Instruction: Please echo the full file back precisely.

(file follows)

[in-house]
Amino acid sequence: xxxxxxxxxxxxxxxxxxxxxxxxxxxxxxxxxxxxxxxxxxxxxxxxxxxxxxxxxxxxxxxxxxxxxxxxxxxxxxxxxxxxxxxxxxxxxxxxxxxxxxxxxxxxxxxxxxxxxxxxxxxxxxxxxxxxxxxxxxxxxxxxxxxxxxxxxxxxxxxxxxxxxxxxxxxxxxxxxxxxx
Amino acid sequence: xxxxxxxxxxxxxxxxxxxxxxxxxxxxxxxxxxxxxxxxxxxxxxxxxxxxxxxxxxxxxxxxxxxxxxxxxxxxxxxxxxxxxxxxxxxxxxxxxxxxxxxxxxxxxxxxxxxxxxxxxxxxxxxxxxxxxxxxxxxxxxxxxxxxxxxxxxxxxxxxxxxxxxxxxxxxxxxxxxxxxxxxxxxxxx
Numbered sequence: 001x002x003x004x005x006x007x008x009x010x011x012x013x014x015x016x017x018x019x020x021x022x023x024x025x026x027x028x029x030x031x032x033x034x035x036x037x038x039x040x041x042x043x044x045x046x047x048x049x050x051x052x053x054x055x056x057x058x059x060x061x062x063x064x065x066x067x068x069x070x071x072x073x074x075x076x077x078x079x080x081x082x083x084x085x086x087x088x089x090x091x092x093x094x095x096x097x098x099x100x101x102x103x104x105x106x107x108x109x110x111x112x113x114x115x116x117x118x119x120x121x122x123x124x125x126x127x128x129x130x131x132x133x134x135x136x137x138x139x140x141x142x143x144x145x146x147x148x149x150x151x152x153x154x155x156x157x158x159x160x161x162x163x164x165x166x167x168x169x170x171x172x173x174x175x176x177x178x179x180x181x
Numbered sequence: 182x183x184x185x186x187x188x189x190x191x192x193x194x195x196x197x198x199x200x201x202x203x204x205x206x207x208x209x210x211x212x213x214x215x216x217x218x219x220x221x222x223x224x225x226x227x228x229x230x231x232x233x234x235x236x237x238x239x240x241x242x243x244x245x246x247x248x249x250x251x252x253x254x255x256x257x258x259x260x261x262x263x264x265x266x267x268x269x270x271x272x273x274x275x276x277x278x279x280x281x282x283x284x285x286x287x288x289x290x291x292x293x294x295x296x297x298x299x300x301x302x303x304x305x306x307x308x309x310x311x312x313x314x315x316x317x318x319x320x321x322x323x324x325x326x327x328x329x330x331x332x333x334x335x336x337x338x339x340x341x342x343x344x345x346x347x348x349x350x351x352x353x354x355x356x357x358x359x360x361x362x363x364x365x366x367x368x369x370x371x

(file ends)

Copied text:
[in-house]
Amino acid sequence: xxxxxxxxxxxxxxxxxxxxxxxxxxxxxxxxxxxxxxxxxxxxxxxxxxxxxxxxxxxxxxxxxxxxxxxxxxxxxxxxxxxxxxxxxxxxxxxxxxxxxxxxxxxxxxxxxxxxxxxxxxxxxxxxxxxxxxxxxxxxxxxxxxxxxxxxxxxxxxxxxxxxxxxxxxxxxxxxxxxxx
Amino acid sequence: xxxxxxxxxxxxxxxxxxxxxxxxxxxxxxxxxxxxxxxxxxxxxxxxxxxxxxxxxxxxxxxxxxxxxxxxxxxxxxxxxxxxxxxxxxxxxxxxxxxxxxxxxxxxxxxxxxxxxxxxxxxxxxxxxxxxxxxxxxxxxxxxxxxxxxxxxxxxxxxxxxxxxxxxxxxxxxxxxxxxxxxxxxxxxx
Numbered sequence: 001x002x003x004x005x006x007x008x009x010x011x012x013x014x015x016x017x018x019x020x021x022x023x024x025x026x027x028x029x030x031x032x033x034x035x036x037x038x039x040x041x042x043x044x045x046x047x048x049x050x051x052x053x054x055x056x057x058x059x060x061x062x063x064x065x066x067x068x069x070x071x072x073x074x075x076x077x078x079x080x081x082x083x084x085x086x087x088x089x090x091x092x093x094x095x096x097x098x099x100x101x102x103x104x105x106x107x108x109x110x111x112x113x114x115x116x117x118x119x120x121x122x123x124x125x126x127x128x129x130x131x132x133x134x135x136x137x138x139x140x141x142x143x144x145x146x147x148x149x150x151x152x153x154x155x156x157x158x159x160x161x162x163x164x165x166x167x168x169x170x171x172x173x174x175x176x177x178x179x180x181x
Numbered sequence: 182x183x184x185x186x187x188x189x190x191x192x193x194x195x196x197x198x199x200x201x202x203x204x205x206x207x208x209x210x211x212x213x214x215x216x217x218x219x220x221x222x223x224x225x226x227x228x229x230x231x232x233x234x235x236x237x238x239x240x241x242x243x244x245x246x247x248x249x250x251x252x253x254x255x256x257x258x259x260x261x262x263x264x265x266x267x268x269x270x271x272x273x274x275x276x277x278x279x280x281x282x283x284x285x286x287x288x289x290x291x292x293x294x295x296x297x298x299x300x301x302x303x304x305x306x307x308x309x310x311x312x313x314x315x316x317x318x319x320x321x322x323x324x325x326x327x328x329x330x331x332x333x334x335x336x337x338x339x340x341x342x343x344x345x346x347x348x349x350x351x352x353x354x355x356x357x358x359x360x361x362x363x364x365x366x367x368x369x370x371x